NASA Suprised By Remaining James Webb Space Telescope Propellant


One of NASA’s most ambitious missions in a long time is the James Webb Space Telescope that launched this month. So far, the telescope has been successfully placed into orbit and completed two-course correction maneuvers. Recently, the team operating the telescope analyzed the spacecraft’s trajectory and determined it has more propellant than expected.

According to the team, the observatory likely has enough propellant to conduct operations for significantly longer than its decade lifespan. NASA set the minimum span of the mission five years.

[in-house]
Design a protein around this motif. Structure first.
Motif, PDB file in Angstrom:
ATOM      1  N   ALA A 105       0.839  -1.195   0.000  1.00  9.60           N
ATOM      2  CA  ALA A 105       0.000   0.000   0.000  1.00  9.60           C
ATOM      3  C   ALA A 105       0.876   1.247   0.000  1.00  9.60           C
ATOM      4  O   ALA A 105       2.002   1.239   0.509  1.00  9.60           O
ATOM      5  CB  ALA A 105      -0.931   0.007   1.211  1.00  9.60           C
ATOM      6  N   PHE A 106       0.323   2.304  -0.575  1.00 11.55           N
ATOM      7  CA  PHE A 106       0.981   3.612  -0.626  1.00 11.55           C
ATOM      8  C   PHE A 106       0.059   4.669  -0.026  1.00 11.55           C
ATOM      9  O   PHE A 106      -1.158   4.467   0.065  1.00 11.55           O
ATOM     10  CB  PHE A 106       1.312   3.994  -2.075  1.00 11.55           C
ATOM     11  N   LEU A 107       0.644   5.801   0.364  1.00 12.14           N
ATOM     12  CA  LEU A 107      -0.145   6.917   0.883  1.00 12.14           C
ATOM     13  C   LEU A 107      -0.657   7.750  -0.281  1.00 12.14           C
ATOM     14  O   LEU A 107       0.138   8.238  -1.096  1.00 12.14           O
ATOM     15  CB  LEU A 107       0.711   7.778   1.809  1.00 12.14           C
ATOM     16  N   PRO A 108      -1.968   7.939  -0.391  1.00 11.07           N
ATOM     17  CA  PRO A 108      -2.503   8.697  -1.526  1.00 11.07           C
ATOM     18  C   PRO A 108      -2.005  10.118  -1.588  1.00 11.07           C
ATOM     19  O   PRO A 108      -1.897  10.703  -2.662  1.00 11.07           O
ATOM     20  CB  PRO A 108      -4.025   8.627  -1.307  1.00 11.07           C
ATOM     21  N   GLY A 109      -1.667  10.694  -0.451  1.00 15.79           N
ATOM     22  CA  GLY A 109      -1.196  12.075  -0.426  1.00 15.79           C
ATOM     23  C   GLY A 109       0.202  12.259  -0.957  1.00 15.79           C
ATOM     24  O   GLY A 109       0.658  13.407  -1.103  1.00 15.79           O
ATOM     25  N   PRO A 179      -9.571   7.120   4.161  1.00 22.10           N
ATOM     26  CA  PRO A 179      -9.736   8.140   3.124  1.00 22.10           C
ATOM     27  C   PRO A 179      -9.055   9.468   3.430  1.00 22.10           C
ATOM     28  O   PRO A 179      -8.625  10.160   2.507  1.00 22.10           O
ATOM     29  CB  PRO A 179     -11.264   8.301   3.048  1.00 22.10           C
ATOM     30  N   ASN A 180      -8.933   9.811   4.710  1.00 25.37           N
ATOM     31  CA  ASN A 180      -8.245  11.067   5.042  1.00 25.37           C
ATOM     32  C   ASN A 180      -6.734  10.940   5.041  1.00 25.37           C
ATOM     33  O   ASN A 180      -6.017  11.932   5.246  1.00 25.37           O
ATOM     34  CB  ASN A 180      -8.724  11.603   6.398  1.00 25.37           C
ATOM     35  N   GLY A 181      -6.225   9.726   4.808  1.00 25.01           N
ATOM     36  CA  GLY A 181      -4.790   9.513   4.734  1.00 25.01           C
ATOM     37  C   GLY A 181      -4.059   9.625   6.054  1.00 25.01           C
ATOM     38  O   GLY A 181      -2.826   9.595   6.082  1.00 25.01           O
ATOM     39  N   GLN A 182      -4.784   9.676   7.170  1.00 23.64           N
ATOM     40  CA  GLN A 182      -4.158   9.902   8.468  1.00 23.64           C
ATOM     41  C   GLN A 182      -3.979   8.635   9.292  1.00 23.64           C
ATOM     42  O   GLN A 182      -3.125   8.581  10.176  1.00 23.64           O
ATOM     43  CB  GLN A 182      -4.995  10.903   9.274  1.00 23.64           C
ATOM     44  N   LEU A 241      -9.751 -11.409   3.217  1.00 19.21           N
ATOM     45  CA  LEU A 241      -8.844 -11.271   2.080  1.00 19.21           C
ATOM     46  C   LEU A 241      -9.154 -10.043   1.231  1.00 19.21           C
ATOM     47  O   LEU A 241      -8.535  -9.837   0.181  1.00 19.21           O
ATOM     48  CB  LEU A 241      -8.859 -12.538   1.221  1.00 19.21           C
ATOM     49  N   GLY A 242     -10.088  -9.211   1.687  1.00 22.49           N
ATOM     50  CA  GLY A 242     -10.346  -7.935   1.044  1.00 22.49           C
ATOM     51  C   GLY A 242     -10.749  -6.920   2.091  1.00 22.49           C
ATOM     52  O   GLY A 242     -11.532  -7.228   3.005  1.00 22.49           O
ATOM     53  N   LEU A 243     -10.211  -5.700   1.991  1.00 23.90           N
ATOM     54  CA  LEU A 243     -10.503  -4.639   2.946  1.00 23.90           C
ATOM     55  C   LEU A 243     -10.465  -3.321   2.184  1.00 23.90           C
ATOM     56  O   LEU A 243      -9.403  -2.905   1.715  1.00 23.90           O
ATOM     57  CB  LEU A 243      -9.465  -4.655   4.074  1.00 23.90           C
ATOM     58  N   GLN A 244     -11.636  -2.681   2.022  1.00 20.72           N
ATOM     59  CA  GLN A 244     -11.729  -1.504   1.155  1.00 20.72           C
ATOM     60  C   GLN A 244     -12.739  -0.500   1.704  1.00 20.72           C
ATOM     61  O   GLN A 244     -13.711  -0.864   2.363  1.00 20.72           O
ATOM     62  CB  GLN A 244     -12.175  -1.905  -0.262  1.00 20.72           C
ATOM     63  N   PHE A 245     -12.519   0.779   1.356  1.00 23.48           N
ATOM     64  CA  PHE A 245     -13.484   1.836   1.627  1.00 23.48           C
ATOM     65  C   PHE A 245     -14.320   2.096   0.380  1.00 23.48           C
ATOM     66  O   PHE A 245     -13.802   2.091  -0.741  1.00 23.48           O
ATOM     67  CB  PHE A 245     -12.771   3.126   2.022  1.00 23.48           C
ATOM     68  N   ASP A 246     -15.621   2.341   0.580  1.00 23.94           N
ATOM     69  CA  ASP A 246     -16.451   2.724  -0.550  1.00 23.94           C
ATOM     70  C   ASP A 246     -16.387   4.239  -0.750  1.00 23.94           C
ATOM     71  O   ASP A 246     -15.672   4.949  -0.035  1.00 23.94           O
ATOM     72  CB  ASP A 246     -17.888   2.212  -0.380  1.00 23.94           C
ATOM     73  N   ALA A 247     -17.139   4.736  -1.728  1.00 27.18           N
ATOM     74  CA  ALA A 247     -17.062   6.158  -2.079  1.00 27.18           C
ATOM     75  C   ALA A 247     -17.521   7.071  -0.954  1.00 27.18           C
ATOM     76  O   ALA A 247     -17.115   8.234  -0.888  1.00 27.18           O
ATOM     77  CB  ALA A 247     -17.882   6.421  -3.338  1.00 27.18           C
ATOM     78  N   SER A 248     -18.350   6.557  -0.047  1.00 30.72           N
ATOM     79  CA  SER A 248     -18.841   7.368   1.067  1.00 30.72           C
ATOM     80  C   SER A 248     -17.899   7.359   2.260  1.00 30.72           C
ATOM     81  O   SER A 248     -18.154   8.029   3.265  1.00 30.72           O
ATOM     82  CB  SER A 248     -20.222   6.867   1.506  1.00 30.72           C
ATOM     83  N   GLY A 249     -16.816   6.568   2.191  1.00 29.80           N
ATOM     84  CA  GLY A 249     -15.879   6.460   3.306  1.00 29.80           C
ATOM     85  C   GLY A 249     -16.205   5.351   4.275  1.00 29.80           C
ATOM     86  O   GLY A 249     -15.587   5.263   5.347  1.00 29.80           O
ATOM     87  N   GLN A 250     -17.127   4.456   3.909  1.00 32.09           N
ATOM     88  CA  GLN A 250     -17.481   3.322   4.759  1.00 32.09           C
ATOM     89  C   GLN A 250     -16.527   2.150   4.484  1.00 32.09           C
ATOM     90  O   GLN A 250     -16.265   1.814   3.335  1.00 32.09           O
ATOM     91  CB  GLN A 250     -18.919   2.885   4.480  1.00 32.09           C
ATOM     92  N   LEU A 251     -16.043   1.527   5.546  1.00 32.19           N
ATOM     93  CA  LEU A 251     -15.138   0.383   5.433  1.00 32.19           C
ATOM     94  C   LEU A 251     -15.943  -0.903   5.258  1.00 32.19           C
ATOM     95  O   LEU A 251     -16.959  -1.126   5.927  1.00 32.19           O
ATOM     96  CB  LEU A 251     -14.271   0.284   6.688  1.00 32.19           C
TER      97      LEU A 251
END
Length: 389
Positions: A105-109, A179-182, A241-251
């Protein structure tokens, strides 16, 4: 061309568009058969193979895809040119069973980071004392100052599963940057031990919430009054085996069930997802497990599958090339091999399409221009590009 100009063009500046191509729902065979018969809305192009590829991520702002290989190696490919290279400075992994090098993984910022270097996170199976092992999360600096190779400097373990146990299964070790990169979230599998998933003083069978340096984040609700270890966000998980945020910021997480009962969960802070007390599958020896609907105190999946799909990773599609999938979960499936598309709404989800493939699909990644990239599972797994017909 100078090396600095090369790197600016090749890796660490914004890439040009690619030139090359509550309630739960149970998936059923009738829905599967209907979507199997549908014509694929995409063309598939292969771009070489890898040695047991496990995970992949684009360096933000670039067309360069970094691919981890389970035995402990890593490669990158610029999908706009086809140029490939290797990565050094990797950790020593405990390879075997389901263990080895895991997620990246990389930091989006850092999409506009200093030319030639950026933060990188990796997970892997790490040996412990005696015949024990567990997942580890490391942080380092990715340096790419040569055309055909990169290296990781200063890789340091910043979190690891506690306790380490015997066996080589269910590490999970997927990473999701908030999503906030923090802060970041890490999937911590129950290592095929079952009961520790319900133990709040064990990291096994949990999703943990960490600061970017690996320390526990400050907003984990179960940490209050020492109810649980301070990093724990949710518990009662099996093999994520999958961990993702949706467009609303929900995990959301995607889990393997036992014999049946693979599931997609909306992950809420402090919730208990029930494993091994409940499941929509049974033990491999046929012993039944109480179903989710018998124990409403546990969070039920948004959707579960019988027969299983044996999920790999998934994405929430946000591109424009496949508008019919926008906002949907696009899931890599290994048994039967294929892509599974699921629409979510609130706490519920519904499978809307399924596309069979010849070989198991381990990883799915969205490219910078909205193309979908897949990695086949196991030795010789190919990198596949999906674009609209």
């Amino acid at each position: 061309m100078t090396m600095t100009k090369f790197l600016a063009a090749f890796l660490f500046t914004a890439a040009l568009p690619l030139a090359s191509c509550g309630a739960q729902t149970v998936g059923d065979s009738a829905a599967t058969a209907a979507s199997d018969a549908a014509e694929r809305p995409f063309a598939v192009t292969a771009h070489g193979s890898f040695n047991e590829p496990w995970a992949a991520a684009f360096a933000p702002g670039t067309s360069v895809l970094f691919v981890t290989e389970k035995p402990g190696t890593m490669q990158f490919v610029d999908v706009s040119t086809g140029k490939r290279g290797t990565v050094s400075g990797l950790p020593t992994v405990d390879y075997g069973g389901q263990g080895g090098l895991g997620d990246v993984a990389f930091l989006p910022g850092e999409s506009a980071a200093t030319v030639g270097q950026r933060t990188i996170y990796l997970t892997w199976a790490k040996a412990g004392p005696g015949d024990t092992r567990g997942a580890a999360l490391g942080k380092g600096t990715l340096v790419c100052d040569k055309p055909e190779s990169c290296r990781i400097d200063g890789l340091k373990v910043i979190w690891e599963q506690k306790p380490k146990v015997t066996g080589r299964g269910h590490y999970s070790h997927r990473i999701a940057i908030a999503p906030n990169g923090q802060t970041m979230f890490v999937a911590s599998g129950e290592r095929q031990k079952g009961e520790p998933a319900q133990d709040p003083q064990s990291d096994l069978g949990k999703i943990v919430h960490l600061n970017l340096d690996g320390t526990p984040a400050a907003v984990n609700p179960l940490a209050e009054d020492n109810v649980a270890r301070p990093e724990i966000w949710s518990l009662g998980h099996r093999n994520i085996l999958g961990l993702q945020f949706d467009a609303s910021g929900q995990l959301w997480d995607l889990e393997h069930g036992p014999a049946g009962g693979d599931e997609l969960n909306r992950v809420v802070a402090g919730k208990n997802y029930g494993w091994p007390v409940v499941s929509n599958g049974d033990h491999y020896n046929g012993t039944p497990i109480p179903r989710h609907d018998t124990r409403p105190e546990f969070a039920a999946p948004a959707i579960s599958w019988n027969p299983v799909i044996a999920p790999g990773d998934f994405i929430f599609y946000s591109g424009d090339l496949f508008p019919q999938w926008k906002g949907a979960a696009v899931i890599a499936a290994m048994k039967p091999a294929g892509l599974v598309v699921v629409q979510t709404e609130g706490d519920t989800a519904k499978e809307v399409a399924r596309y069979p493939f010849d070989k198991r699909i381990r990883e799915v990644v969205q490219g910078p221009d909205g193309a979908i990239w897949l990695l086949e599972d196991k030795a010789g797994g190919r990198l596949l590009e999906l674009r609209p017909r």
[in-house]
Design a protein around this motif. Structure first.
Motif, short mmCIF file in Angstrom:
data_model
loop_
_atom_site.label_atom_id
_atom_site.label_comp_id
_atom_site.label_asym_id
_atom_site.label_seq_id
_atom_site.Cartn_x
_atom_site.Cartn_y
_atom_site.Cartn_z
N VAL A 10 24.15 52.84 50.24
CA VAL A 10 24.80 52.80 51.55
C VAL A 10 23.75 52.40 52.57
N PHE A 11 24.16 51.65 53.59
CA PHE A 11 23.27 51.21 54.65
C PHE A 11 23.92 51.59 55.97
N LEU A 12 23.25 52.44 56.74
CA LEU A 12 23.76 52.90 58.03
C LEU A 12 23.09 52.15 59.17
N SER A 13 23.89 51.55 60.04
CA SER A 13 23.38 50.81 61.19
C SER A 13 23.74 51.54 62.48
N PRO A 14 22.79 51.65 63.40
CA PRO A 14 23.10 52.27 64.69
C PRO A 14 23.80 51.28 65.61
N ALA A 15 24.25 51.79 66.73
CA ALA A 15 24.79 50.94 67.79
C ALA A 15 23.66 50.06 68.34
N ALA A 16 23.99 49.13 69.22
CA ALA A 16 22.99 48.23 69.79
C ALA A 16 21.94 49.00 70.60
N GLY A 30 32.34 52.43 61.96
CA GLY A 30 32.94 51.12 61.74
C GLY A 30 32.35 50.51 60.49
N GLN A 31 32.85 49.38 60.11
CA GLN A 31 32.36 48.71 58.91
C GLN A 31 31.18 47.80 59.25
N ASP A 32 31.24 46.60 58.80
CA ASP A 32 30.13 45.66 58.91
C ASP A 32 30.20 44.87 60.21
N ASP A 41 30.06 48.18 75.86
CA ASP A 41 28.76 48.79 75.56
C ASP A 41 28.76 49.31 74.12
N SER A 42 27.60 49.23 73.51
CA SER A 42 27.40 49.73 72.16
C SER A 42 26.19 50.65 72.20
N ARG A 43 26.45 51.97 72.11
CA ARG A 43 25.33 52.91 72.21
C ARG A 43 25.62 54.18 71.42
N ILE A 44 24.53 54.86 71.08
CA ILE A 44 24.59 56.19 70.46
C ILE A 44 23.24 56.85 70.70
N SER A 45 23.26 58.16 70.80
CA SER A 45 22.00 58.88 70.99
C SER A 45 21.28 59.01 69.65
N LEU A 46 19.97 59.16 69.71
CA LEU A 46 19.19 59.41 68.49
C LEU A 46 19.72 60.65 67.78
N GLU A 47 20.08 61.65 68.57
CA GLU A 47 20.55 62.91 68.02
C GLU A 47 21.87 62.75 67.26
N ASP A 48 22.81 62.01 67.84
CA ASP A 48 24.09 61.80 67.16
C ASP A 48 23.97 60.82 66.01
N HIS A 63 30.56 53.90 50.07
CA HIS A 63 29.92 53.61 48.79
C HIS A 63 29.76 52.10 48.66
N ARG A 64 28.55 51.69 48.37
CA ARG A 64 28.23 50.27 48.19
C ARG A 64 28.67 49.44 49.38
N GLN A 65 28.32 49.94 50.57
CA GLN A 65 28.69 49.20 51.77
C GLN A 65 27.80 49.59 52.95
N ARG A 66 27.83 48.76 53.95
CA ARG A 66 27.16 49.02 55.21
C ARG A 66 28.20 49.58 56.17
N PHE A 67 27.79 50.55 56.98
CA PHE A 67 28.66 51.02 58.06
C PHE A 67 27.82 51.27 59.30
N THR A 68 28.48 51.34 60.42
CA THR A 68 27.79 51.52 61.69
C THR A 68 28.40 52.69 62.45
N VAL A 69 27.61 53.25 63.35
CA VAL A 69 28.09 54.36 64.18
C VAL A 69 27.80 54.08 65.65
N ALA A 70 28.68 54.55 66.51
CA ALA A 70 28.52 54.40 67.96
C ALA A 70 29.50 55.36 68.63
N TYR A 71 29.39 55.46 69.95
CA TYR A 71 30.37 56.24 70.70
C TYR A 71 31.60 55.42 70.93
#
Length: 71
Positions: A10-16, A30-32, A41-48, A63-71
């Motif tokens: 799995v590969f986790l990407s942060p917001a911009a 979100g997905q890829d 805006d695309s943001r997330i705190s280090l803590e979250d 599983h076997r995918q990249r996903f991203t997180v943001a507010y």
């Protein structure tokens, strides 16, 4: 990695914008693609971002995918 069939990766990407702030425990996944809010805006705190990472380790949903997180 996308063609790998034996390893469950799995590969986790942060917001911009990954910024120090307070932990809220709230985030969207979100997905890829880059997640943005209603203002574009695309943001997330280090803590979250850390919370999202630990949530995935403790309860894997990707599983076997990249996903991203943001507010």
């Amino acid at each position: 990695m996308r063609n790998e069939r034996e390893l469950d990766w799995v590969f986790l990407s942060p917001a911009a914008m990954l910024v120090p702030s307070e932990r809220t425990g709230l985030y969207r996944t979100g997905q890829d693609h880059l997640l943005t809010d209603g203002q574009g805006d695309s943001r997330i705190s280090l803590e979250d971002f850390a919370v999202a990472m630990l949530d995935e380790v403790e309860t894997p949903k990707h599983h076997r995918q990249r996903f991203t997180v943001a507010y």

The initial analysis found that Webb used less propellant than originally planned to correct its trajectory and put it on course for its final orbit near the second Lagrange point. While the space telescope has more fuel than baseline estimates predicted, NASA has been clear that there are a number of factors that could impact how long that propellant lasts.

The space telescope will use the propellant for course corrections, orbital insertion, and other functions during its lifespan. Those other functions include station-keeping maneuvers and other tasks to maintain its orientation in space.